“THE reason $2 shirts are so cheap is that resources and people are being exploited.”
For Jane Milburn, this harsh fact is only part of a global problem. Milburn, a former agricultural scientist and journalist, is an advocate of the slow clothing movement. Slow clothing, she says, is the antithesis of industrial fast fashion.
Slow clothing embraces our relationship with garments, the big picture of what we buy and wear, how it is made, what happens when we stop wearing it, and the true costs of cheap, mass-produced clothing. And it’s about finding joy and meaning in making, repairing and treasuring clothes that reflect our individuality.
Milburn will be a key speaker at Transition Newcastle’s Fair Share Festival on November 12-13, hosting workshops on upcycling old clothing into unique garments, and other ways to reduce our clothing footprint. The festival will include an upcycled clothing parade and sustainability discussions.
“Australians buy an average of 27 kilograms of new textiles each year - we run second to North Americans who buy 37 kilograms each - and then we discard 23 kilograms into landfill,” Milburn says.
“Two-thirds of new clothing are from man-made fibres which shed microplastic particles into the environment and take decades to rot in landfill. In a finite world, we can’t keep pretending this doesn’t matter. We are accountable, through the everyday clothing decisions we make.”
Awareness of the appalling conditions in fast fashion sweatshops has risen after incidents such as the 2013 Rana Plaza factory collapse in Bangladesh, but many people still stuff their cupboards with cheap clothes they hardly ever wear.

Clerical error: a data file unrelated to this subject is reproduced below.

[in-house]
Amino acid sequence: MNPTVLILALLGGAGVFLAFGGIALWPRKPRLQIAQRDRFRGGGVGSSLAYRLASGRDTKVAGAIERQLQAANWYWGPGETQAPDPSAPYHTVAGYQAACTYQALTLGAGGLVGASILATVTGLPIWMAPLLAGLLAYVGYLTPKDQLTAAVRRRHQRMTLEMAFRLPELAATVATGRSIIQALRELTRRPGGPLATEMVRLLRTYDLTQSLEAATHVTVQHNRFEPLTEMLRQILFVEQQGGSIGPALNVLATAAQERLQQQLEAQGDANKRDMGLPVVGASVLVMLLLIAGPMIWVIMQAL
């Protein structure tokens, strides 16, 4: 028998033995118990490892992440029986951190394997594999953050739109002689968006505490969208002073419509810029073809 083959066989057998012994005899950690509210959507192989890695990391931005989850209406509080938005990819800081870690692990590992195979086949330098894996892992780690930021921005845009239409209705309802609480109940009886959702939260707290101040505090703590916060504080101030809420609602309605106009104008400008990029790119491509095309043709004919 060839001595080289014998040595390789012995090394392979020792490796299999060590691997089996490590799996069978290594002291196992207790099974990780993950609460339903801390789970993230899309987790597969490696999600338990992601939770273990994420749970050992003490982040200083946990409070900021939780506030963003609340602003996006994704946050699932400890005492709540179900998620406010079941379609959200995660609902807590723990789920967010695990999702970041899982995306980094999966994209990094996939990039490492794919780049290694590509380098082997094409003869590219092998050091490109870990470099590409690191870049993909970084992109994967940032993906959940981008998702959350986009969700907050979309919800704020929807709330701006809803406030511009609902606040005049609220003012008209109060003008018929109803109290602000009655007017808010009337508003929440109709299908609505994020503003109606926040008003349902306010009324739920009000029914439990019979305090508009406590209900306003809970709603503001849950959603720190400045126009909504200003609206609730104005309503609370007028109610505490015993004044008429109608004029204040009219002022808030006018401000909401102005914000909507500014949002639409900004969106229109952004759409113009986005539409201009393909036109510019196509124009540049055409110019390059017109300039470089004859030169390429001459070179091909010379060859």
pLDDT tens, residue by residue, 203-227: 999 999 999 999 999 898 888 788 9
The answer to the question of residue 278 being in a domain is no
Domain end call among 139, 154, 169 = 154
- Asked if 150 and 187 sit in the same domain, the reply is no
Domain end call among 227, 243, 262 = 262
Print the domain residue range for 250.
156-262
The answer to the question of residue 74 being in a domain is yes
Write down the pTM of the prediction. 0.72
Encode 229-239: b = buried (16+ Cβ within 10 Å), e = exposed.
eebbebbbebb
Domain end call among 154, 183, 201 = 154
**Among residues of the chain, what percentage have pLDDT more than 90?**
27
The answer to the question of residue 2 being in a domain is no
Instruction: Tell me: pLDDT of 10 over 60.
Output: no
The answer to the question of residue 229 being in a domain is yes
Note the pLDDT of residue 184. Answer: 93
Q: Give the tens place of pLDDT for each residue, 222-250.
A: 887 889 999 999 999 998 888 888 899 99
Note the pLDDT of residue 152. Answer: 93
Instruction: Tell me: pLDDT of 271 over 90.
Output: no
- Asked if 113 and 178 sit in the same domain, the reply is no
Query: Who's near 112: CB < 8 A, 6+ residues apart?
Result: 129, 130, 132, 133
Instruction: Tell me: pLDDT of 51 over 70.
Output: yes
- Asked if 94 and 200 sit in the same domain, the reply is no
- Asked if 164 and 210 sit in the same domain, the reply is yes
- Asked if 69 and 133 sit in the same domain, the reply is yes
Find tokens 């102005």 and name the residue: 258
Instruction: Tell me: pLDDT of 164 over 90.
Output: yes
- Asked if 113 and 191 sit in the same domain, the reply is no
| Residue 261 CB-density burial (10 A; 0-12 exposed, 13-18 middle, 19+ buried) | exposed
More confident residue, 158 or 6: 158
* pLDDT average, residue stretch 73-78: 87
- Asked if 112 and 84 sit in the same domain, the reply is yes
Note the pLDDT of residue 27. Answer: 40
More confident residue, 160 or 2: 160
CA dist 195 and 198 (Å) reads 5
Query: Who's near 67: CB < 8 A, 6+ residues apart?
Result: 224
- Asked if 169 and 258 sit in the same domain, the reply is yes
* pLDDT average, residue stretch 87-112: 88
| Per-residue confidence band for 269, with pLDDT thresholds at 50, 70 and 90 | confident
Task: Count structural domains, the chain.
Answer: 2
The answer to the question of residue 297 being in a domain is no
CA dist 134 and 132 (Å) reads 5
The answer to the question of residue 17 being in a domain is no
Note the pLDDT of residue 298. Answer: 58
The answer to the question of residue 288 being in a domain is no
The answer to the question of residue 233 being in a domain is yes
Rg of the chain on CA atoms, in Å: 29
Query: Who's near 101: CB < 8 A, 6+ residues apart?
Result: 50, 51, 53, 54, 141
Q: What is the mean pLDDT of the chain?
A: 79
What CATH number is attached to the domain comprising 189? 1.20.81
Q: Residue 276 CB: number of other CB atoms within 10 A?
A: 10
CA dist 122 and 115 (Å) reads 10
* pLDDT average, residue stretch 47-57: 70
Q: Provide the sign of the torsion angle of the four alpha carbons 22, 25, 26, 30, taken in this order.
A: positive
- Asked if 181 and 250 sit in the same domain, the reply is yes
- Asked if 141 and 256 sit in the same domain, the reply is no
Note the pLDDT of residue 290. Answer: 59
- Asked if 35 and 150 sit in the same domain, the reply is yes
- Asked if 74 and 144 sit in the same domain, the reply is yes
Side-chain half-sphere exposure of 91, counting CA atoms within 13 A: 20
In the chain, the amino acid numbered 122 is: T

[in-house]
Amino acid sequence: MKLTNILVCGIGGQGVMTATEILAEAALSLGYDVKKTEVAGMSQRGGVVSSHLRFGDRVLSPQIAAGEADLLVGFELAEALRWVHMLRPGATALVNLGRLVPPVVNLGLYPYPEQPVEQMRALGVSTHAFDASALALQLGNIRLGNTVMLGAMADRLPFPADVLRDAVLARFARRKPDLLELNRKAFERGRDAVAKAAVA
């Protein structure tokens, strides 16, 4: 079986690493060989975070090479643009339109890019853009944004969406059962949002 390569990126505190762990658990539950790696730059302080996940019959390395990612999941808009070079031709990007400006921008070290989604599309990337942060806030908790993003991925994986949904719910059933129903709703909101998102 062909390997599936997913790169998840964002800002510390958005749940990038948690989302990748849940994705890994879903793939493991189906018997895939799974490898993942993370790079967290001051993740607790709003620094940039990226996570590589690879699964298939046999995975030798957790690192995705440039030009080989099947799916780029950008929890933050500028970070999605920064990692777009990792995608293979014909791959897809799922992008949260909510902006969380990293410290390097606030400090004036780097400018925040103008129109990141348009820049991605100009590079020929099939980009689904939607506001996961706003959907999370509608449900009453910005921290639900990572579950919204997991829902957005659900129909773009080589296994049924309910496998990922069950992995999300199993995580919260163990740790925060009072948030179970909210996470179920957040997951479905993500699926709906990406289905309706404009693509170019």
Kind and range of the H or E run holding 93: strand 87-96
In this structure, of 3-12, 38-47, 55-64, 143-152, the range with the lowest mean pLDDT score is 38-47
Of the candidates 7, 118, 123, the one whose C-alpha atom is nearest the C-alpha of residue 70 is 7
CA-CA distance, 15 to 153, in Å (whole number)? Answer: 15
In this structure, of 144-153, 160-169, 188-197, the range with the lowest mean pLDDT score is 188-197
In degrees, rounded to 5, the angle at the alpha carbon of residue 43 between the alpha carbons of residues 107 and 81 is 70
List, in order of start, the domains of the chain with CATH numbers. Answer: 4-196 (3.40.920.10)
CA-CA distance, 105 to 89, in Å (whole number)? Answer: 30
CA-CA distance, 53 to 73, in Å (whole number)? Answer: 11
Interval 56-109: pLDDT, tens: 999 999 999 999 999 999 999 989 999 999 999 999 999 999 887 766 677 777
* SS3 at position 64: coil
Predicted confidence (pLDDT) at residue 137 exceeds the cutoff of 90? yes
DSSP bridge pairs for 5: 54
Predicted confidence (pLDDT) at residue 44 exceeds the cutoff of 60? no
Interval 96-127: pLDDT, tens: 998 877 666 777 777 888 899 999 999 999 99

Part of the reason for this, Milburn believes, is that commercial designs are for standard shapes that don’t suit everyone and people tend to wear what’s “in fashion” rather than determining what suits them individually.
“It’s sad, this industrial fashion,” she says. “It’s similar to industrial processed food, which is not good for us, but it’s cheap and readily available in the form business decides is best.”
“When we make something, we take charge, and put our own skills and emotion and energy into it. We value it in a way we can’t when we go to a shop and hand over our credit card. There’s no meaning or unique value in that, it leaves us empty after the initial buying buzz.
“We are searching for meaning in this fast world we live in, and meaning can come from connecting our hands, head and heart by making things of our very own.
“When we make something ourselves we are more likely to treasure the effort and resources that go into it. We can wear it forever - add width or length as we need it. When it gets holes, we can find a way to repair or embellish it, to add to its story and memories. This attachment is lost in fast fashion churn.”
Milburn always made her own clothes and stepped up in 2014 to upcycle every day with the Sew It Again project. This led to textilebeat.com sharing ways to develop a more sustainable clothing culture in Australia through the slow clothing manifesto.
“Clothes do for us on the outside what food does inside, so we might as well make good choices that enable us to survive and thrive - even if we choose not to sew and upcycle.”